But I’ll be damned about how to incentivize people to play humans over other races – and racial bonuses to stats make this even worse. Honestly, I think I’m going to switch statistic modifiers back to something more in-line with my 1e rules, perhaps even penalizing my non-humans more stringently. That was always a thing about playing a non-human yes, you got the stat bonus but there was always an associated penalty…

Now, this is probably at least partly a shared problem with my players. As one example, Ilda the Dwarf Bard might as well be Ilda the Elven Bard or Ilda the Human Bard, there is nothing especially “dwarvish” in the way that KT plays Ilda and while this is certainly something I’ve allowed, it’s also a failure on the part of the player to fully embrace the character’s race. MS always plays humans because he has said that he’s not interested in making things harder for himself, so I think that has stood out in his play of Lord Devin. That wasn’t always the case because I can remember when Ilda took some very strong stands against looting tombs.

When people have played nonhumans before, I’ve been used to them embracing the race and running with it. Sometimes playing a large part in creating that races culture – two of my previous characters did that with gnome. There is a reason why they are Celtic-ish, kilt-wearing, Druidic, hard-drinking folks rather than the version portrayed in other settings.

I also noticed that in the last couple of sessions I’ve dropped almost all of my descriptive detail – and that’s not good for the game. If I’m not setting the mood and the tone well, my players will follow suit and pretty soon were not role-playing, we’re roll-playing and essentially miniatures wargaming using the 5e rules. Not exactly a bad thing, but not what people came to do.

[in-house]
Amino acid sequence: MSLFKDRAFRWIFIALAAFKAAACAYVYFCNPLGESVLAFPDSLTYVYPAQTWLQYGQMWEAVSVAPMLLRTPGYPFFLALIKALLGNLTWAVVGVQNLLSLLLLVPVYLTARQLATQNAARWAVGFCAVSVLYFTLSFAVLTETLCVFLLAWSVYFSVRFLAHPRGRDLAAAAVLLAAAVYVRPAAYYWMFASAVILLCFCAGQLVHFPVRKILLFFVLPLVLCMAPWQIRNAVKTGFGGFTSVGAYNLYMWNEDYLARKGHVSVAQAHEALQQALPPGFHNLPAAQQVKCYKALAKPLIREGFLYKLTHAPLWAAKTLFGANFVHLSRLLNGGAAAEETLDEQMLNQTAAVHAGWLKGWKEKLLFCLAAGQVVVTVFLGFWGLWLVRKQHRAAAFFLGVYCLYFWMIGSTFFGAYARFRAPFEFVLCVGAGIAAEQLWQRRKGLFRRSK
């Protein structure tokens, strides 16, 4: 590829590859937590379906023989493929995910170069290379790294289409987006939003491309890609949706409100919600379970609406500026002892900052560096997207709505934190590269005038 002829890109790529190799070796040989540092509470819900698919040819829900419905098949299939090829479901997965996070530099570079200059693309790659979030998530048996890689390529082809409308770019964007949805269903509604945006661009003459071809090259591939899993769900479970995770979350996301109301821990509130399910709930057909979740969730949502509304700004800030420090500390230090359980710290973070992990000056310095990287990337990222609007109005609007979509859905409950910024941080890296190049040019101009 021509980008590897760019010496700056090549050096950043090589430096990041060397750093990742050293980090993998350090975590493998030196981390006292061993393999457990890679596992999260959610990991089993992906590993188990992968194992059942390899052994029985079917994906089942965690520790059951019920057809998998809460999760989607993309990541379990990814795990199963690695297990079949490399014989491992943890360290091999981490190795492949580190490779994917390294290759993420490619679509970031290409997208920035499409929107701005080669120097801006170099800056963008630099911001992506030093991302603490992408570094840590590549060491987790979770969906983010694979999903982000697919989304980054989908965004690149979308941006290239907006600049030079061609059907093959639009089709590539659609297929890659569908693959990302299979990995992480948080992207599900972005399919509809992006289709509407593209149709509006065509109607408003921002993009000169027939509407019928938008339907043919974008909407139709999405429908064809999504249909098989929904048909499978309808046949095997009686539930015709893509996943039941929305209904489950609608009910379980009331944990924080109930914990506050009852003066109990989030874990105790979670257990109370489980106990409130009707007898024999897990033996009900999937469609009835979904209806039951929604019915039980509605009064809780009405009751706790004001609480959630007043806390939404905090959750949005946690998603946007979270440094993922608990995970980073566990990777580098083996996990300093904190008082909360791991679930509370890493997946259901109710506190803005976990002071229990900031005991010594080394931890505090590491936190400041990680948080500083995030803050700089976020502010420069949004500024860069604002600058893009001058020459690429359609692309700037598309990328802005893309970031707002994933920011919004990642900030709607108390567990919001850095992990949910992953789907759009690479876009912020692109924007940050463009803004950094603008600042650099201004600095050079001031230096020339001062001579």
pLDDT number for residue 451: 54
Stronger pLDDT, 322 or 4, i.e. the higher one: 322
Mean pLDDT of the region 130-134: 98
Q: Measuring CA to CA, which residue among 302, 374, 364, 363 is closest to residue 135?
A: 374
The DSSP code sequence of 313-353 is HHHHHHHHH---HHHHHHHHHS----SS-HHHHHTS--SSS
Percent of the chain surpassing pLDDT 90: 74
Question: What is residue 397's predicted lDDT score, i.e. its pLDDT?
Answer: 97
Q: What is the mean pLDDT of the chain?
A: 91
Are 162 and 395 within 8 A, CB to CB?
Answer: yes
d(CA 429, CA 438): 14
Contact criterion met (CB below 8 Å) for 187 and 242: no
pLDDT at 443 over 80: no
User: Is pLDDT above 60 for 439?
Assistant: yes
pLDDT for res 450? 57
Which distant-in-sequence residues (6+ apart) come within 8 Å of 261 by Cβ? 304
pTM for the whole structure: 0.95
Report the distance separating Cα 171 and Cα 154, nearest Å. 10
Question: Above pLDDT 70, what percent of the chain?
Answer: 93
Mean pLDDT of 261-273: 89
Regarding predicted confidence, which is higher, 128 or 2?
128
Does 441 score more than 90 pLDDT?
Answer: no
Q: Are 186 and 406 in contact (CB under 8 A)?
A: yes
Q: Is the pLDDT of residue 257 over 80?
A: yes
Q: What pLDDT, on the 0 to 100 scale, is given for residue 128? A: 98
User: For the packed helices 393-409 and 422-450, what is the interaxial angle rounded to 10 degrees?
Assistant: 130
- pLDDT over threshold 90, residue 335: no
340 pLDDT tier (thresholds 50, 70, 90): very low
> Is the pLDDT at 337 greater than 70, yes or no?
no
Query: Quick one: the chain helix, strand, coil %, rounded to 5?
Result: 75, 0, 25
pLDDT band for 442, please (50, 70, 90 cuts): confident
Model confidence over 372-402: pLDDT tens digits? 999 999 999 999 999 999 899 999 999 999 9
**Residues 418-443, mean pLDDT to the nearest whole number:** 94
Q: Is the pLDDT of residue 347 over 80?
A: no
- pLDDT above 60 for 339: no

But getting back to character races, taking a page from Character Backgrounds, I think each nonhuman character race needs a real hook that serves as a foil. For my high elves and wood elves it is their lack of understanding of money, KR has done a good job of using that to build flavor into Gwynneth, but I don’t quite have anything like that for the other races. I should probably review each race and build something in on that level as I review statistic bonuses and penalties.

TTFN!

D.

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Volo’s Guide to Monsters (Review)

Ok, so this came in last Friday and I have to say that I’m pretty favorably inclined to it. I’m not even sure that I care about the extra monsters stat blocks, at this point I seem to be more inclined to grab my 1e books and adapt things on the fly, or I’m using modules and doing the same thing. But, the monster lore and character races are really nicely done – even the bits I will never use.

Beholders – don’t have them in my world, so not a thing for me, but still a nicely done section. I don’t have standard giants or an Ordning in my world so this is probably the least useful section for me. Yaun-Ti are the basis for my Ithians, and it was nicely done.

I don’t have Mind Flayers, so this is less useful to me but like beholders I things it’s well done section. My Ichneumon Vorre are essentially my version of Illithids, so over the years I have ganked some bits and pieces for them. The Goblinoid and Orc sections are similarly iffy, but mostly because my goblins are more Harn-esque than Tolkien in many ways, but I plenty of stuff there than I can use.

Kobolds and Hags are kind of interesting. I have kobolds, but as jungle-dwelling or desert-dwelling creatures (two differently adapted relations, the same with lizard men) but I liked the write-up. Hags as an organized group really gives me some food for thought – not sure if I’ll use it, but it’s well done.

The PC races would all need to be tweaked in the same way that I’ve tweaked the “standard races” but I like them. The new Aaismar is much more evocative than the version from the DMG, and the rest have their interesting aspects that are worth looking at.

Worth it as a GM (though perhaps not if you are a player), especially if you playing in a standard 5e setting.

D.

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The Shadowlands (Environmental Effects)

So, when the party travelled to the Shadowlands, they discovered that it has rather grievous effects on non-natives. Being so close to the Realm of the Dead, this creates a drain on those not born to it. The following are the basic rules for how the Shadowlands affects creatures and classes who travel for any length of time there without magical protection.

RACIAL PENALTIES: